I reclined in my couch, and continued flipping through the dailies. The content on the sports pages were quite familiar, after all, it was that time of the year; speculations grow, forecasts, leaks and exclusives become commonplace and unnamed sources enjoy their sense of importance in the shadows.
Well, if you are a football lover, it wouldn’t take any hard guesses to figure this out. The World Cup is just next month and all coaches of the 32 participating teams have up to May 13 to release their provisional squads.
In Ghana, the “speculativity” in the media has become fashionable with the release of one list after another. I have my list too, a different kind of list; it’s short, devoid of names; it contains two crucial factors that should form the basis of call ups; experience and form.
The experience card
Forecasting 70% of the squad’s composition isn’t really difficult, it’s the borderline 30% that is; that margin has been left for players who aren’t enjoying the best of forms but wield massive experience as well as players who have sprung up, are in good form, but haven’t been really tested. Absurd as it is, certain names have been thrown in the mix because of the lack of confidence in the department they play.
When the Black Stars central defense hasn’t been water tight; lacked a natural leader to organize the defense to defend as a unit, then names like Isaac Vorsah and former captain John Mensah strangely pop up.
The argument is that other countries have done it in the past and it served them well. Cameroun did it with Roger Milla, Egypt did it with Hassan brothers etc. good arguments, but what is missing in this whole argument is context.
When these countries recalled these stars back to their national teams, those players were either active or special talents, who were rightly exempted from the “form” criterion; but can same be said of Isaac Vorsah and John Mensah?
Isaac Vorsah has just recovered from a long injury lay off and hasn’t kicked a ball in over a year. John Mensah has alternated in between the 3 games he has played this year for Nitra in Slovakia, sometimes barely getting a full half of 45 minutes.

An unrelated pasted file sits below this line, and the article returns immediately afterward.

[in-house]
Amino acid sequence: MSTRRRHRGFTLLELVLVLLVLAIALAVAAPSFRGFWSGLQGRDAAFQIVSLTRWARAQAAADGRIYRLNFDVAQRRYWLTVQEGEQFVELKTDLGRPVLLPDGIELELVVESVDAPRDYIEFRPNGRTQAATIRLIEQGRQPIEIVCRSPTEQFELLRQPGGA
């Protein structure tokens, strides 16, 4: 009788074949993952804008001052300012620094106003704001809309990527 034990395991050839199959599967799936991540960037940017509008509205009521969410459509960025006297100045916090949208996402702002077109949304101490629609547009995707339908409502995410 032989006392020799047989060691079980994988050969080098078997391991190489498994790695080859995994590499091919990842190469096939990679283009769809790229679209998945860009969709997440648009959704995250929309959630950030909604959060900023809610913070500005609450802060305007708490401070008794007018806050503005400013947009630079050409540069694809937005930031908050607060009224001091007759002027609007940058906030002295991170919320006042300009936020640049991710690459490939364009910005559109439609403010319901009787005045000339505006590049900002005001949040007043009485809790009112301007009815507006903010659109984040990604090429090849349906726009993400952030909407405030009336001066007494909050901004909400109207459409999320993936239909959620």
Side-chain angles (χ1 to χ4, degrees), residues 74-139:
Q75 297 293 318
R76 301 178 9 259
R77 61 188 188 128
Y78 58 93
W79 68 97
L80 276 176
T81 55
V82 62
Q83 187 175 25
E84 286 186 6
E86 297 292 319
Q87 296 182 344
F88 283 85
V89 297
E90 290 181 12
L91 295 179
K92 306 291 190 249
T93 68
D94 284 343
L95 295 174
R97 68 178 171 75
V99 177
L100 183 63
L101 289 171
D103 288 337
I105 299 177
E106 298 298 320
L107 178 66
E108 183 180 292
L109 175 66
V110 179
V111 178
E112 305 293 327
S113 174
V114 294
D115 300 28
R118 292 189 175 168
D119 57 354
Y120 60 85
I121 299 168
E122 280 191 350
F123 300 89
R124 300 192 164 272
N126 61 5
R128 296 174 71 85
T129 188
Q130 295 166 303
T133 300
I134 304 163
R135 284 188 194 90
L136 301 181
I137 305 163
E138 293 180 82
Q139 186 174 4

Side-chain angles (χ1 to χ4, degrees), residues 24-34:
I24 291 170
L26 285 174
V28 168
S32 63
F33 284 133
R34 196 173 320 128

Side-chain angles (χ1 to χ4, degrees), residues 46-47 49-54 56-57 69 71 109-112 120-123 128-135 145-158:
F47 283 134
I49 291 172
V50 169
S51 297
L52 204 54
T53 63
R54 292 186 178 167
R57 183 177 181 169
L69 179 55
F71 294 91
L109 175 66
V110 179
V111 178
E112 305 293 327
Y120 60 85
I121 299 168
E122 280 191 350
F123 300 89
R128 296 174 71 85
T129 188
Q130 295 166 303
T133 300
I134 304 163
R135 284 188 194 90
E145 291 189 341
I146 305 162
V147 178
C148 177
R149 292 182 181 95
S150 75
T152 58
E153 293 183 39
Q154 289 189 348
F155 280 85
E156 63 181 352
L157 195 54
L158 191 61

I have heard the argument that even 45 minutes alone will be enough to protect Ghana’s goal, really! Which team at the world cup level will willingly start a player knowing he might not even last 45 minutes, risk the probability of disturbing the rhythm of the team and even reduce its alloted 3 substitutions to 2, I dare say none, who does that!
Like I mentioned previously, if there will be any exception made to include experienced players who aren’t in tip top form, these players must be special football talents or be in some regular football activity, that is the context that should guide call ups based on experience.
The form card
Kwesi Appiah’s headache must be pounding. What do you do as a coach, when on the eve of picking your squad, fringe players, who haven’t been tested at the international level, hit a rich vein of form and provide you with “unnecessary” options.
If you have an Afriyie Acquah, a defensive midfielder with Italian club Parma, playing week in week out, would you consider him ahead of an experienced Anthony Annan who is just returning from injury to competitive action.
There is also David Accam who has lit up the Swedish league with immense pace, direct runs and goals, scoring 11 goals in 12 games this season.
Then even more curiously, there is Jeffrey Schlupp who helped Leicester City gain promotion to the English Premier League with outstanding performances at left back, a spot that has been problematic for the Black Stars.
That the aforementioned players are in good form is not in question, it’s the fact that they aren’t proven at the international level that may count against them. This is where the Shilla Illiasu and Habib Mohammed story helps their cause.
Prior to the 2006 World Cup, these two, local players back then, hadn’t kicked a ball in a Black Stars jersey in a full international match. However they were thrown into the deep in Ghana’s second match against Czech Republic, they excelled and the rest is history. Moral of the story; sometimes you have to risk to achieve.
In an ideal word, Kwesi Appiah should get it right, however life in general has never been ideal, much less the intriguing world of football, where a coach’s personal preference and other nuances go to decide who he picks.
When the list finally gets its big reveal on Monday May 12, I can bet you will be hoping that Appiah would have struck a fine balance between form and experience, on the other hand, I will just hope that unlike in the past when squads were released, I can be as calm as I am in the couch now; I can only hope, because experience hasn’t always guaranteed that, he who has eyes to discern the inherent clues, let him.
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